Technology Selection, Acceptance & Culture

Technology Selection, Adoption & CultureIn my article titled Technology Selection and Cultural Fit, I argue that cultural fit is an important aspect to consider when undertaking Technology Selection projects. While the article was well received by most folks, I did have a few people comment (privately via email and twitter DM) that I was making some broad statements that couldn’t be backed up with hard proof.

I’m all for backing up claims with evidence. I mean I am working on my doctorate you know…nothing like a doctorate program to teach you how to base theories on evidence right? :)

So…let’s take a second to revisit my theory that cultural fit is important to technology selection projects. We’ll start by taking a second to review the idea of Technology Acceptance.

To get started, let’s take a second to review a highlight from my previous article:

…failure to consider organizational culture prior to or during a technology selection project can be disastrous…

Now…the rest of this article dives into why I think culture is a key component of technology acceptance.

Technology Acceptance within Organizations

The Technology Acceptance Model (which I linked to in my previous post but didn’t really discuss) was introduced and popularized by Davis and Bagozzi in the late 1980′s and early 1990′s.  You can find a brief discussion of the model on Wikipedia or you can dig through the following papers:

All are great papers and provide a good introduction to the Technology Acceptance Model (TAM for short) and how it can be used in organizations.

The model boils down to two major points for consideration during technology selection. A quick discussion of these points follows.

  1. Perceived Usefulness -The understanding / belief by a user that by using a new technology they will be able to do their job better / faster / more effectively.
  2. Perceived Ease of Use – The understanding / belief by a user that a new technology will be easy to learn and use and will require little effort to use on a regular basis.

Notice that the model uses the word “perceived” for both major issues affecting technology acceptance.  Perception is key….if the users perceive that something is difficult to use or that it will not make their job easier, they will not use it to its full potential…if they use it at all.

The TAM has been built upon many research projects, all of which are very rigorous and the model has been the basis of a ton of other research projects with similar results.

Based on my research and my experience, I believe the Technology Acceptance Model is a fairly good model to use as a rule-of-thumb while looking at an organization’s ability to accept a new technology.  In fact, in most of my technology selection projects, I’ve used the TAM as a starting point when surveying organizations to help determine a baseline for the organizations willingness to accept new technology.

Acceptance is an important aspect to technology selection wouldn’t you agree?  Without acceptance, technology is useless.

Technology Selection, Acceptance & Culture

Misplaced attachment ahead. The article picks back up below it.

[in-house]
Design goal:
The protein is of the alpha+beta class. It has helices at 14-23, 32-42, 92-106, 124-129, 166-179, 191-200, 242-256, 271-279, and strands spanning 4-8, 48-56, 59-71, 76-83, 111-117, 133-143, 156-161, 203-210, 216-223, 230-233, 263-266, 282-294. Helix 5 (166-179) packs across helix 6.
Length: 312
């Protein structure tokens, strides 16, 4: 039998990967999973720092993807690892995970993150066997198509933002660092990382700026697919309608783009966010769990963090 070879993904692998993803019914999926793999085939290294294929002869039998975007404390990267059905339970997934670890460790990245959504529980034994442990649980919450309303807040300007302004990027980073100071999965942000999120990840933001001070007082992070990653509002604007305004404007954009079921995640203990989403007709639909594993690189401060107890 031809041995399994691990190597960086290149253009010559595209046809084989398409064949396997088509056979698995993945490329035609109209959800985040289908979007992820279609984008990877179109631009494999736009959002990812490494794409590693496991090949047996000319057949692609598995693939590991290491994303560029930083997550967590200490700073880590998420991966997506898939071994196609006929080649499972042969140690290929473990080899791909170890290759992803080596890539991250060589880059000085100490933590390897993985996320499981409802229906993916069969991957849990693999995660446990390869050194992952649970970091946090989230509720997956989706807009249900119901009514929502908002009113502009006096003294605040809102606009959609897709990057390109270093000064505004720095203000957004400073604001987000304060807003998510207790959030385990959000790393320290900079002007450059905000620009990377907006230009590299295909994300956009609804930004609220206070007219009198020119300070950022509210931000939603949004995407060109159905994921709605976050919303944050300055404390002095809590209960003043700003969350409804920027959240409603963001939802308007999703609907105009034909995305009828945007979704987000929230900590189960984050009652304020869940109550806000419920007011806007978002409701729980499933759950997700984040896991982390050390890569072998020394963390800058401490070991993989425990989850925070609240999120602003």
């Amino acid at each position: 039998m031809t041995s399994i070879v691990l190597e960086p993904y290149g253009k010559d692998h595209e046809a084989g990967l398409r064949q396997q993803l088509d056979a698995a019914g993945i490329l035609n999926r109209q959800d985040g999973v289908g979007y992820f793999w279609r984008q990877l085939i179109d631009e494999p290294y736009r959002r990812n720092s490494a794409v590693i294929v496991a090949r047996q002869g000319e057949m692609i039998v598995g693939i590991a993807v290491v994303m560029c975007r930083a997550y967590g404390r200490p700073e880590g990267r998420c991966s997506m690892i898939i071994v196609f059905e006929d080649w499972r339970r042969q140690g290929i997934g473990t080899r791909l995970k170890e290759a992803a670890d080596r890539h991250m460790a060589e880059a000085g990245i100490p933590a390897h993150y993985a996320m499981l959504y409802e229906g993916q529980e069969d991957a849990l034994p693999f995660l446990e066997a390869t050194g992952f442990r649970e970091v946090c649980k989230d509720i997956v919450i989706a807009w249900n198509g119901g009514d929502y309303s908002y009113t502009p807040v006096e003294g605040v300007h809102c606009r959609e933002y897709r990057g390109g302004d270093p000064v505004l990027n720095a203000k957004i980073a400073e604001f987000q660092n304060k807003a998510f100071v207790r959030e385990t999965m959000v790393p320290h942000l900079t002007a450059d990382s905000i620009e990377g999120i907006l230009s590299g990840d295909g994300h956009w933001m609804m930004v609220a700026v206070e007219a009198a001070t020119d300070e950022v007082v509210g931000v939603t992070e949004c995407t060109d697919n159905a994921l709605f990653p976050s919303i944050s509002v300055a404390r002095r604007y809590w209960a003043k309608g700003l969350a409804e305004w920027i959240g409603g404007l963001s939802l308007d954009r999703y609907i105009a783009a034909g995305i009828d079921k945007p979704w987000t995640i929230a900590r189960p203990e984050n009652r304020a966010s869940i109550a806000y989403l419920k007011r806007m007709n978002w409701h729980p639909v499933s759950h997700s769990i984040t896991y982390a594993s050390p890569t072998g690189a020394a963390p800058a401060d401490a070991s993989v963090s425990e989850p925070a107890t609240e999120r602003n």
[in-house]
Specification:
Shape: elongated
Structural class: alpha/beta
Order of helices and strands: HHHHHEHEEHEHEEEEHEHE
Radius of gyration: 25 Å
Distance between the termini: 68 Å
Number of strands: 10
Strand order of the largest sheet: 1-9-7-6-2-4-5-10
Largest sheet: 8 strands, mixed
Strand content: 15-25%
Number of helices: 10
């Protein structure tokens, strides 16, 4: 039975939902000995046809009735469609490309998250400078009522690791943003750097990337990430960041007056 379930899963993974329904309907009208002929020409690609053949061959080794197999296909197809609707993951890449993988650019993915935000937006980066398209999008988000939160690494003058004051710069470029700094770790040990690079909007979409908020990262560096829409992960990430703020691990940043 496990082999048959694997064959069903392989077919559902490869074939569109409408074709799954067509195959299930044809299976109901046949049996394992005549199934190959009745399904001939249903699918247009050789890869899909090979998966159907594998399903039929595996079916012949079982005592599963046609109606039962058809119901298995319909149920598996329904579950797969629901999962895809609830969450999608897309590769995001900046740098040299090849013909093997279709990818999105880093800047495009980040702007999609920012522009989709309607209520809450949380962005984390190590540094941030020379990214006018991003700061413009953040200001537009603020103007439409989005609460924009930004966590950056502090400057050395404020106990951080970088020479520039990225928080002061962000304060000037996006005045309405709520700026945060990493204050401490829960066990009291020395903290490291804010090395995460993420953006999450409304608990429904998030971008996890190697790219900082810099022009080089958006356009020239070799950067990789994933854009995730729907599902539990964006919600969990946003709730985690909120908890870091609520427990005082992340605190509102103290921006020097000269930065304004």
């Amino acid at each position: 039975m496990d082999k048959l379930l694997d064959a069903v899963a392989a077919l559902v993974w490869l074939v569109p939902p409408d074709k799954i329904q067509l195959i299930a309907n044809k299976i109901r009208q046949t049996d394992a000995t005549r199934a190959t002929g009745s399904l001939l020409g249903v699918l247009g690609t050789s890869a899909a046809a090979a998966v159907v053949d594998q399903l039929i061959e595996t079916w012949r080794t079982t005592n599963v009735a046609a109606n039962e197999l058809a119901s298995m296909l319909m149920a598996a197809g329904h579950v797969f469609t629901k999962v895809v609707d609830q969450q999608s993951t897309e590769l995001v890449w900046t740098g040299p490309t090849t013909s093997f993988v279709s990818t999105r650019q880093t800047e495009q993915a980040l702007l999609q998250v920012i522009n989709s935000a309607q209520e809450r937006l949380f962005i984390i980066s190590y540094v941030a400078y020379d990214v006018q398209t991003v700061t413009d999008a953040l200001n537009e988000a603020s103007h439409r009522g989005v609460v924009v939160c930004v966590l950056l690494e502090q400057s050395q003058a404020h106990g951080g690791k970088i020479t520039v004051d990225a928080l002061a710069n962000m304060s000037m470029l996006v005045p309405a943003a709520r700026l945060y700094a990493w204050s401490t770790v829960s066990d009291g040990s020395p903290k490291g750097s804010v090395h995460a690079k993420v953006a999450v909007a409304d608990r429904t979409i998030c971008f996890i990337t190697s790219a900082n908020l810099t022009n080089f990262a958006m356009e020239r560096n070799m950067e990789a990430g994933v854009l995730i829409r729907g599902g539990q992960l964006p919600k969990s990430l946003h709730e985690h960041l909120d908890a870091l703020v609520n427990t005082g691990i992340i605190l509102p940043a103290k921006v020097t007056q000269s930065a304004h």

Now that we all have a baseline understanding of one theory around technology acceptance (there are other more complicated theories than the TAM), let’s take a second to look at how culture plays into this and how it can greatly affect technology selection.

I think we can all agree that acceptance of any new technology is important.  The perception of the usefulness and ease of use of any new platform is extremely important.  Definitely something to consider during technology selection projects, no? I believe these two areas (usefulness and ease of use) are considered during selection projects, but I don’t think the real underlying cultural aspects are well understood.   What do I mean by the ‘underlying cultural aspects’ behind ease of use and usefulness?

Organizational culture plays a large role in creating the concept of ease of use and usefulness to an individual.  Think about it this way…ease of use and usefulness is a factor of how a person perceives technology as a whole and for the most part, that perception is shaped and driven by the underlying organizational culture. While the TAM is a bit too simplistic to model every individual’s reaction to new technology, it can be used as a baseline heuristic for how well the organization will accept new technology.

The culture of an organization plays a large part in the individual’s reaction to new technology and platforms. Before undertaking a technology selection project, if you can take some time to understand the the cultural proclivity towards acceptance of technology, the selection project might be more successful.    With the culture of the organization better understood, you can add some additional filters a more robust selection criteria.

Have I provided “proof” that my idea of culture playing a large part in technology selection project outcomes? Nope…but I might find a way to do so in the future :)  Sometimes you need proof…sometimes you can just go with faith that something feels ‘right’ and you should go with it. With this particular issue, I feel that organizational culture has played such a large role in the success and failure of technology selection projects that it feels ‘right’ to say culture and technology selection are intertwined.

Stay tuned for more on this topic…I’m hoping to put together another post with some actionable items for use in your next technology selection project.